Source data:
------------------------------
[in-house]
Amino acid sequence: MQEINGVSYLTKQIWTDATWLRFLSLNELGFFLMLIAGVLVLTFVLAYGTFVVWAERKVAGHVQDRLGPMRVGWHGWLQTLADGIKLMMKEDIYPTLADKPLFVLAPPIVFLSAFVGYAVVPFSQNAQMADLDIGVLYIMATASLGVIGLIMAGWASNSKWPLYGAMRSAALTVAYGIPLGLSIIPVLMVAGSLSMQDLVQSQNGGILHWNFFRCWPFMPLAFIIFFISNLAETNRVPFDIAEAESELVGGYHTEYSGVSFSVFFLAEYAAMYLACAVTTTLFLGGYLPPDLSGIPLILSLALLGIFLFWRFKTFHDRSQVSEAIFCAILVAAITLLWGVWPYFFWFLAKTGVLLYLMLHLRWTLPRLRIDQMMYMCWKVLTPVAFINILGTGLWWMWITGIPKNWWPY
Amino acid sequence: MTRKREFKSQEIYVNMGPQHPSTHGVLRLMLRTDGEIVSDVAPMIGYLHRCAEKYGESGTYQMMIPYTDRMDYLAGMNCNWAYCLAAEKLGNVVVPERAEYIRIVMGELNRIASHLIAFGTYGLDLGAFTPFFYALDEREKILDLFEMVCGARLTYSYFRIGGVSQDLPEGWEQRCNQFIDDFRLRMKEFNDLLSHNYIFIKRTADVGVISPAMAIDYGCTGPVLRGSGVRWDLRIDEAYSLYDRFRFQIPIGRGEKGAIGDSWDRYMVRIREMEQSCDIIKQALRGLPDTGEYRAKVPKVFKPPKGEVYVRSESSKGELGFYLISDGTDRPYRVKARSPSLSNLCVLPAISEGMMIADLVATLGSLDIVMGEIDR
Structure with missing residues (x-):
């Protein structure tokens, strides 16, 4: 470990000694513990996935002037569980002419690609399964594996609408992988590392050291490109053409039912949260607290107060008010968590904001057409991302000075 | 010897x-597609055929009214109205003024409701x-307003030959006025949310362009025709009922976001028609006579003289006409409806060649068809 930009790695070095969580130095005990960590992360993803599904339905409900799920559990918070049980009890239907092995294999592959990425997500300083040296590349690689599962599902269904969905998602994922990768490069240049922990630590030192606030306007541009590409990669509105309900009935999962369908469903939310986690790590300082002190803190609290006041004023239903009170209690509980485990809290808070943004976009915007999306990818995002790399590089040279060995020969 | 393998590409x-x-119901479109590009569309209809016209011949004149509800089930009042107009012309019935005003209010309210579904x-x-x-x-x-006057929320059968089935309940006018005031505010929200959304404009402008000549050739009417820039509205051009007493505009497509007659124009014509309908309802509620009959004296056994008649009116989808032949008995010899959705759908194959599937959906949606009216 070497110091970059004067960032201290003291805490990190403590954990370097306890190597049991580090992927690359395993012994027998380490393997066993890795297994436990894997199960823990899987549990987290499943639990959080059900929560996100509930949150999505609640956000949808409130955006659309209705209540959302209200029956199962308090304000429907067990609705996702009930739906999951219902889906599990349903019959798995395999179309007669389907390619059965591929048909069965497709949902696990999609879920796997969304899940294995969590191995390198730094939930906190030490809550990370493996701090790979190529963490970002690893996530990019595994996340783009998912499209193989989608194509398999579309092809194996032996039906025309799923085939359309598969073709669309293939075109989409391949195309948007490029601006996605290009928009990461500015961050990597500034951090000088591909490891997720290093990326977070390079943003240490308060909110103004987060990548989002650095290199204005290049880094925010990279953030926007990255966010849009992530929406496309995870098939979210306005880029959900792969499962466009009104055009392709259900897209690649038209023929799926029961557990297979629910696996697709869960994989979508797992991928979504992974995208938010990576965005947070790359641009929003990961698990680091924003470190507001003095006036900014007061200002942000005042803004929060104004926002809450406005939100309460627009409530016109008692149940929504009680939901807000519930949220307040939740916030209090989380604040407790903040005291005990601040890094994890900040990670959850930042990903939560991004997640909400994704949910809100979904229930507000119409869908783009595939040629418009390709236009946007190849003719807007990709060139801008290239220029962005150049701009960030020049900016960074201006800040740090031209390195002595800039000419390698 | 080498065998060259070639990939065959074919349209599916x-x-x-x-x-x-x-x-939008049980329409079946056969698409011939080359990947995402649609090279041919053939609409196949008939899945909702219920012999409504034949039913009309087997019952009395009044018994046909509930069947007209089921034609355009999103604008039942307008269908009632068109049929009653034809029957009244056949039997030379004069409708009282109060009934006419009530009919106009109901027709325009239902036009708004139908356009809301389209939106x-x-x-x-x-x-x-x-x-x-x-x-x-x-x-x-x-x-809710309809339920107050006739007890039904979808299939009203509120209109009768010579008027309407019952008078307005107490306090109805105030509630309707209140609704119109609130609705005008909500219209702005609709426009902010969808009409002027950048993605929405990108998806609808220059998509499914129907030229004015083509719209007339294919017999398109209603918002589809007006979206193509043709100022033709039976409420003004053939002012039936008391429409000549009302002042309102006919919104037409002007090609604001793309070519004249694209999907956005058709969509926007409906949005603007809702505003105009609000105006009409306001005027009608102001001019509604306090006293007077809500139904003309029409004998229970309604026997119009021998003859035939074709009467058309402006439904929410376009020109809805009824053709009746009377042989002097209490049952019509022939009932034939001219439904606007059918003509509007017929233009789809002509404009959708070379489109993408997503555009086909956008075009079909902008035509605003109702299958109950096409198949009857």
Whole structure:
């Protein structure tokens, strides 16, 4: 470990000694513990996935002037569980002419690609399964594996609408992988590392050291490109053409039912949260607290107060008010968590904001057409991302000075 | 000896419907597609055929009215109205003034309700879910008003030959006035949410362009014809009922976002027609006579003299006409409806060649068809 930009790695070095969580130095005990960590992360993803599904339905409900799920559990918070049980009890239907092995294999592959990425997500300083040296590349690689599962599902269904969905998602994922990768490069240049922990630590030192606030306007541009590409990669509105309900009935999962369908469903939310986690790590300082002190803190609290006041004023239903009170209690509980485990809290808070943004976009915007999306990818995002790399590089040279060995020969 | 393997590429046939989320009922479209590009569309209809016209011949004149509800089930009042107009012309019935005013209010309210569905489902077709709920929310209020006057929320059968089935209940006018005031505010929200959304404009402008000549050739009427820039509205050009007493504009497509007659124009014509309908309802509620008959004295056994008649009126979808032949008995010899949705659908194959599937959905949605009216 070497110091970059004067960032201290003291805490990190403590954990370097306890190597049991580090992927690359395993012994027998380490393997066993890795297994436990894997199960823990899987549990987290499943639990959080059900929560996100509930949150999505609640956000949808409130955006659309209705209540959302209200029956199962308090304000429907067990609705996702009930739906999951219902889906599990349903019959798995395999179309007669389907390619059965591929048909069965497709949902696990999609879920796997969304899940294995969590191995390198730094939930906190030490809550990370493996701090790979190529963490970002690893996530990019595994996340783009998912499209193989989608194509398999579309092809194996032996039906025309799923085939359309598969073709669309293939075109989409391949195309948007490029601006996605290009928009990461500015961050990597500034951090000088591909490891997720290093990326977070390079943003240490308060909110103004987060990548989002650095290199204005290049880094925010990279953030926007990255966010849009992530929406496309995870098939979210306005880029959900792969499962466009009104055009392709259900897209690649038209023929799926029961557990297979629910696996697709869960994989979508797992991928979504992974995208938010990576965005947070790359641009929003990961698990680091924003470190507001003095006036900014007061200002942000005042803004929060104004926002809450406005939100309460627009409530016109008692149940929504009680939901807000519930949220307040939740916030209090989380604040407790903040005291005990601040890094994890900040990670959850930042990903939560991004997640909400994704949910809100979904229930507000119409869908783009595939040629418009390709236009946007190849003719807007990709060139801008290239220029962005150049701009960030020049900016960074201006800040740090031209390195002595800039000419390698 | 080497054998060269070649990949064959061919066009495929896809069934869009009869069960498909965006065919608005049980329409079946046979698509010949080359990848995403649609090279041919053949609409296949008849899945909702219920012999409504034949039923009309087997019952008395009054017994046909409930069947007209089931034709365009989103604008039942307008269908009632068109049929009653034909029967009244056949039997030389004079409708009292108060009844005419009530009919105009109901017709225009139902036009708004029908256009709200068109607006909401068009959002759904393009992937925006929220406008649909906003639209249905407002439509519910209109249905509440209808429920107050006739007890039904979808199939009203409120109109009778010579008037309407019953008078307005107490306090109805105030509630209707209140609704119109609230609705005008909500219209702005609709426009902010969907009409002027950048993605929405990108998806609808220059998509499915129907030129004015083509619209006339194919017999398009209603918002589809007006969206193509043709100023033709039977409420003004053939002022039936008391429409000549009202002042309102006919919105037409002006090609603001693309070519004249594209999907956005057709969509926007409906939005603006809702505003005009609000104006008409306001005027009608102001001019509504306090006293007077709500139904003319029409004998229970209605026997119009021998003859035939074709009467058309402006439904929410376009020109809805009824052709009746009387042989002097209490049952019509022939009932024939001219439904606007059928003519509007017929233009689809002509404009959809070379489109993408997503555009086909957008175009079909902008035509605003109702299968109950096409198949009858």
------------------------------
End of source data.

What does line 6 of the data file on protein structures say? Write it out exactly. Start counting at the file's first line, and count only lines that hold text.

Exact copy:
Whole structure: